A review of Malcolm Gladwell’s David And Goliath: Underdogs, Misfits, And The Art Of Battling Giants.

It seems that Malcolm Gladwell has lately become a kind of scapegoat for a certain kind of anti-intellectualism among a certain type of pretentious intellectual. I’ve always enjoyed Gladwell’s books and I felt that he causes no mischief by popularizing genuinely interesting things that normally are hidden in the obscurity of academia. I also felt that his writing was superbly crafted and demonstrated a sophistication which should give critics a reason to stop and double check any negativity. To counter the recent outpouring of negativity towards this author whom I generally have enjoyed, I read this latest book ready to remind myself of Gladwell’s genius.

Unfortunately, that did not happen. I thought the writing style was poor, a radical change from the respect I had for the prose of earlier books. Was this written by an assistant? For example, after the first paragraph in the dust jacket is a trick that is used throughout the book, the rhetorical question. Gladwell says stuff like "David blah blah blah obviously should have eaten beans for lunch. (new paragraph) Or should he have?" You can just imagine a dramatic camera angle change and some cheesey duh-duh detective movie music effect. He does this all over the place.

So another faux pas, and something that I do in my writing because I am not a professional writer, is to start sentences with "So". So I actually proofread my writing and I try to spot and simply eliminate any of those. So they almost are never necessary in writing and are basically amateurish. So an example from the book - "So why were Londoners so unfazed by the Blitz?" So this represents not just a failure of the author, but also of the editors. So you can see that "So" is a fancy way to spell "uhhh".

There were some very odd bits of ethnic folklore offered as something interesting to the point of the book. I’m not entirely sure about that. I will point out that transliterating the dialect of certain ethnic groups (Swiss into German, for example) is definitely a minefield requiring immense sensitivity to avoid mockery. Perhaps my discomfort as I read these passages comes from the fact that if I had written them, I could easily imagine being fired.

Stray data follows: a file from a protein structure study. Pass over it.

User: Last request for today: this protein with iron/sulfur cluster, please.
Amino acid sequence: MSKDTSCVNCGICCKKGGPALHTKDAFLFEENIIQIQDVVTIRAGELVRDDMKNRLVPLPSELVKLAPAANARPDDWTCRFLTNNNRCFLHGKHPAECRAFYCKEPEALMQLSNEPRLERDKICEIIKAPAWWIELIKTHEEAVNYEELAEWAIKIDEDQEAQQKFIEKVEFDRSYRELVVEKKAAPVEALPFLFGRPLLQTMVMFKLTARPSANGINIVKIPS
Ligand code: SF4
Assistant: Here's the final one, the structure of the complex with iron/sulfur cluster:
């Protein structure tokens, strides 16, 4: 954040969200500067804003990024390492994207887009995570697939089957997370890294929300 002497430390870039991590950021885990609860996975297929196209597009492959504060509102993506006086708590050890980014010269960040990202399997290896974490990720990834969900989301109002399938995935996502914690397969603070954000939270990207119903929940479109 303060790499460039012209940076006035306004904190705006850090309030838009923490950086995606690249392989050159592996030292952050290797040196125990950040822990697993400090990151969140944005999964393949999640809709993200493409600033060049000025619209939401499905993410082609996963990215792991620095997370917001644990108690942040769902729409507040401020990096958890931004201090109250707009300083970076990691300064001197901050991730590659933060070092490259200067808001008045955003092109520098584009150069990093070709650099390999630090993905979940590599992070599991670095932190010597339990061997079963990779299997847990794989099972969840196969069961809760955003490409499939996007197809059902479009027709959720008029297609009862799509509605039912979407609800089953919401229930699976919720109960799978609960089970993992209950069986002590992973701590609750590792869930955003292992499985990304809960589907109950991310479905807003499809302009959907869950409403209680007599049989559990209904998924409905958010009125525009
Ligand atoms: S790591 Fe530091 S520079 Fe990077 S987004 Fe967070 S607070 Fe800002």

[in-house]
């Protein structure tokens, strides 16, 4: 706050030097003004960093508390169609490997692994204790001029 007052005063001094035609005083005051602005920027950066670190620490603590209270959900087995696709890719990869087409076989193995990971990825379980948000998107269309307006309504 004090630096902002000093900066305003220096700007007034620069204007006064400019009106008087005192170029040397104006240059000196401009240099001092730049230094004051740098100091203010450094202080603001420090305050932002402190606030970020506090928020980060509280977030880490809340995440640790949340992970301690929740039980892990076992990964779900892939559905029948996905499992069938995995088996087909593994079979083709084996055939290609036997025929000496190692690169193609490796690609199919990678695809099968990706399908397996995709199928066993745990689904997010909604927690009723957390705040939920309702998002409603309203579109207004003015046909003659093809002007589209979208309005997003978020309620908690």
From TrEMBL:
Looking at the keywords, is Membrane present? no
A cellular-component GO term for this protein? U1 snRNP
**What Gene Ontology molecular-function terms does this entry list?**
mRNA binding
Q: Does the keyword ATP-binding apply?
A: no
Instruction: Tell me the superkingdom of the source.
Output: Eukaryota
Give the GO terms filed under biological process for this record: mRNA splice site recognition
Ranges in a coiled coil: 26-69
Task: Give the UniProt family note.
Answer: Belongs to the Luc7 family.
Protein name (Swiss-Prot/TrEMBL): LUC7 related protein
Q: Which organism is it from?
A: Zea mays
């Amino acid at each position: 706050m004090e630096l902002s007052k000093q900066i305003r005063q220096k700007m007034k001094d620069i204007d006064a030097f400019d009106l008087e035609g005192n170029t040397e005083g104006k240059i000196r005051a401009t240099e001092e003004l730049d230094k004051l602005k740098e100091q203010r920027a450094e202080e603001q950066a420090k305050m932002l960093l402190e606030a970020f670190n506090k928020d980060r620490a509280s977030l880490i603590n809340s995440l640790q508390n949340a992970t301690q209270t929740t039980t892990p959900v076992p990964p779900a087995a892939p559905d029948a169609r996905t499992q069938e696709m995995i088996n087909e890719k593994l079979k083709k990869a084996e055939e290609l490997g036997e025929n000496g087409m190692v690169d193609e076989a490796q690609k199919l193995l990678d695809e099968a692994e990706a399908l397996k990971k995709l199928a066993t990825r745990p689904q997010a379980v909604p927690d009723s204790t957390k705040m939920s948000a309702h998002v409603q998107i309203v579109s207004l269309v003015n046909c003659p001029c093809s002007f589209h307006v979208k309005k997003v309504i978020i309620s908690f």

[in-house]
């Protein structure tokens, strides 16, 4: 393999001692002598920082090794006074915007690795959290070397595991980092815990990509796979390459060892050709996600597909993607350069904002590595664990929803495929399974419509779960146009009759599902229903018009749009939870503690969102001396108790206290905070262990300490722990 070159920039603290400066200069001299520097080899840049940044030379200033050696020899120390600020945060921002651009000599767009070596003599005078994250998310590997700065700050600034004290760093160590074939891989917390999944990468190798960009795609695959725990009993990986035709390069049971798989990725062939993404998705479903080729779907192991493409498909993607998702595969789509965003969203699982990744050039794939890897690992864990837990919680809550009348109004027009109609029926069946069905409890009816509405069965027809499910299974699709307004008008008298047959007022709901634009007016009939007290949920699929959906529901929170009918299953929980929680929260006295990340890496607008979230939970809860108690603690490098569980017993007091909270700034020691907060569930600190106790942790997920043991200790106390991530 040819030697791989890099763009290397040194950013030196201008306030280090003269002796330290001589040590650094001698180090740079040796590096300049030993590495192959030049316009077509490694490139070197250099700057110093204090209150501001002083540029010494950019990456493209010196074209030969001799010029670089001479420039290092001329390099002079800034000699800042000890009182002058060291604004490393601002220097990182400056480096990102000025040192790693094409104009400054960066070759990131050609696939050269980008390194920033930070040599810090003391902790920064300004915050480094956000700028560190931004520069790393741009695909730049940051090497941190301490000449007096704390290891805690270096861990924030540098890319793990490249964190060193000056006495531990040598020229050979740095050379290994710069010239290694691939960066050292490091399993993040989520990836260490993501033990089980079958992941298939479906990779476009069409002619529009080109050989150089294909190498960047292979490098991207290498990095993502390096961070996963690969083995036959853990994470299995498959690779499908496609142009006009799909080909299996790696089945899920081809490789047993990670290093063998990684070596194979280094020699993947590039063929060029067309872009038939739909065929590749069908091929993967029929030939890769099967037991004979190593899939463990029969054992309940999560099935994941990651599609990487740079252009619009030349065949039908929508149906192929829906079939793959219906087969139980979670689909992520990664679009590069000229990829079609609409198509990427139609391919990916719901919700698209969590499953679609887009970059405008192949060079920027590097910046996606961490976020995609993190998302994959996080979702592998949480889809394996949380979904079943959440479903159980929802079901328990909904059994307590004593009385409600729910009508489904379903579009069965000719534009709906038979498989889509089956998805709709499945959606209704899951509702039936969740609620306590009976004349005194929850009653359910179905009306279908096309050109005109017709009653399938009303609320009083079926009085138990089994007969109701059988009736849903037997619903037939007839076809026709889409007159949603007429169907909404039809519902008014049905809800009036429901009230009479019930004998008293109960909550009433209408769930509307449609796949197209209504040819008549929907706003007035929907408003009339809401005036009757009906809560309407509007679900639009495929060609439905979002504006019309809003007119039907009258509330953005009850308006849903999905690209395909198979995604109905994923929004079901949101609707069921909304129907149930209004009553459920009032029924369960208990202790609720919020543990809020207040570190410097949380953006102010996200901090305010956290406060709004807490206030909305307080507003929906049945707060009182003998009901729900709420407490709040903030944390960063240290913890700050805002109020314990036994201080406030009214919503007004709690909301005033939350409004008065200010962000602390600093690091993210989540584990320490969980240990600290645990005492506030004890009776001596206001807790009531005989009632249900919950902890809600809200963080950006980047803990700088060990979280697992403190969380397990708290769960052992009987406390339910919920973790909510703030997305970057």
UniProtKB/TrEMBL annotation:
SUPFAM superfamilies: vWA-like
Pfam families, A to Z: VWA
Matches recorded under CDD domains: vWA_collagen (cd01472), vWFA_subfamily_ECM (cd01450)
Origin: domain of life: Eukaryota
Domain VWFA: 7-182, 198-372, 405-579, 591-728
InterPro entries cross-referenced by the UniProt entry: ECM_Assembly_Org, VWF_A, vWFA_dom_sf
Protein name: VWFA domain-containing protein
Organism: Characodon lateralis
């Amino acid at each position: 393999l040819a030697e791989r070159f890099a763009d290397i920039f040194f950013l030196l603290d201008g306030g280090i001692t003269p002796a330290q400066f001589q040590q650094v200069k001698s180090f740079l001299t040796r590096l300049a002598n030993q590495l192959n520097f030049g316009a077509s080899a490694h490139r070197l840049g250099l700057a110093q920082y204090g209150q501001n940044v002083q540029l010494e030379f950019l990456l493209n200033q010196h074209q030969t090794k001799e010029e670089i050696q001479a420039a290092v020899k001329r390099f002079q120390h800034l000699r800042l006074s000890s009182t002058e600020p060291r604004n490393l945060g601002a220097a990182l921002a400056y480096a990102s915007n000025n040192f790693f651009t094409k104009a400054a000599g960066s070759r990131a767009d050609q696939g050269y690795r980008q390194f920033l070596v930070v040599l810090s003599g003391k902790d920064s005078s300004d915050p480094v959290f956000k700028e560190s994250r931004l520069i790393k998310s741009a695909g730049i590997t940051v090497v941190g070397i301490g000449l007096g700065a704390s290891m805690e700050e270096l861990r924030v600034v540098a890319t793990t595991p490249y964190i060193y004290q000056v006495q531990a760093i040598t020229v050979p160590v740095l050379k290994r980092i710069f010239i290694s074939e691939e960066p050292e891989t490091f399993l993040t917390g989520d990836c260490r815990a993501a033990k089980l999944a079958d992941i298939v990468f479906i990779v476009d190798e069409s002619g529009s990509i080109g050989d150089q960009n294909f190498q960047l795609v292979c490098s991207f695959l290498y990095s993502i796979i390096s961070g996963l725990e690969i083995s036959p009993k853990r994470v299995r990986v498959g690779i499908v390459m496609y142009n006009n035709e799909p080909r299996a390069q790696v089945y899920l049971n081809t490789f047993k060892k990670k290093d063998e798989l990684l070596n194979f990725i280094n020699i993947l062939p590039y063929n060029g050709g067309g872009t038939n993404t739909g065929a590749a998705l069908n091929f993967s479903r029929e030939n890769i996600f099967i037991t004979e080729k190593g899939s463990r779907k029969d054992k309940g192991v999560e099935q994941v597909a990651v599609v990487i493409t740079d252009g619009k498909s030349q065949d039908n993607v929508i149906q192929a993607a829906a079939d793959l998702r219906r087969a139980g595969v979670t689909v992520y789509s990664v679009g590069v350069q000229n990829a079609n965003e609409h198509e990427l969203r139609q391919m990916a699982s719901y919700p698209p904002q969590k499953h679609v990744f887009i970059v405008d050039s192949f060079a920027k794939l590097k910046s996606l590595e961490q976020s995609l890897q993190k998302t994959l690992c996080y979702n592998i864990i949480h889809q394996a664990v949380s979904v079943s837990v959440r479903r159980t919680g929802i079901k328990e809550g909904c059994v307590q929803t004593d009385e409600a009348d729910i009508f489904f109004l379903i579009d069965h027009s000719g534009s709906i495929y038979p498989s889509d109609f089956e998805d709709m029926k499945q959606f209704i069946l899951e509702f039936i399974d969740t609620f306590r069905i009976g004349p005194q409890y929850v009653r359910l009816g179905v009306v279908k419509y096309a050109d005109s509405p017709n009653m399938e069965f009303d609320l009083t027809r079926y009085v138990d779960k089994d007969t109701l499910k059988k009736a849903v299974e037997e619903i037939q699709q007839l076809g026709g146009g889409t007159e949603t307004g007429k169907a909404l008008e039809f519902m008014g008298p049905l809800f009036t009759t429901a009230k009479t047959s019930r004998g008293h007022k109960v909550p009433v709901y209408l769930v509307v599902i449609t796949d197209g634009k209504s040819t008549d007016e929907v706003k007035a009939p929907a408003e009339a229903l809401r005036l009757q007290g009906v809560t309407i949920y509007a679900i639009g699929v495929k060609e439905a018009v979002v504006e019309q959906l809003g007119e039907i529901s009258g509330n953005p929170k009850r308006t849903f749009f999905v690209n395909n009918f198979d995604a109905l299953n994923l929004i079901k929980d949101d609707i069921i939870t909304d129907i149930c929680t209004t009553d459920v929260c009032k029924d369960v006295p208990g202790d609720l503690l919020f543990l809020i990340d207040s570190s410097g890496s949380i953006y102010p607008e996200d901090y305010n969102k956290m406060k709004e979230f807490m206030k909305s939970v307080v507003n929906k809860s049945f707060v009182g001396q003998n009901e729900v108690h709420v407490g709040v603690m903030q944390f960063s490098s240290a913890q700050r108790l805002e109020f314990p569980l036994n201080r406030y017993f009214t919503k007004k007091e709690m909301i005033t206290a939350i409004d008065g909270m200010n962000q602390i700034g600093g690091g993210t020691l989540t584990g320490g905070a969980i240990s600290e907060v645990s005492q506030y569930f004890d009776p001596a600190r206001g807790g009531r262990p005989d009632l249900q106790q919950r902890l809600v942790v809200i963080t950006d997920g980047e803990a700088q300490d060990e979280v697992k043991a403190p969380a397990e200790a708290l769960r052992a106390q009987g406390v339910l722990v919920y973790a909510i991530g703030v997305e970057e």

The organization of the book was clearly poor. You don’t need to read it to know that, just stand in the library and flip through the pages. You will note that on about every five or so pages is a footnote taking up a quarter of the page on average. Several had more text than the primary text on that page.

I felt that the research lacked novelty. I understand that Gladwell isn’t conducting studies himself, but in the past, I felt he brought interesting findings to my attention that I would have never discovered. In this book, it seemed that I already knew about the point he was making or I didn’t care.

Overall, this book lacked coherence. It seemed like the byproducts of near random Wikipedia surfing. Where it did move the main theme along, I often found it fatuous. I certainly never get a good feeling when an author wants me to feel somehow fortunate because of my own adversity (Aren’t you lucky to have lost a parent early in your life?). I am even more repulsed by stories of Upper Class Twits crying about how hard life is.

The ostensible story of underdogs prevailing sounds nice, but does not really do justice to all the kings, popes, oligarchs, CEOs, generals, 7 foot basketball players, and studio manufactured musicians of history whose influence is probably as exaggerated as their legacies. Of course I have no real solid evidence to support my facile conjectures. Much like this book.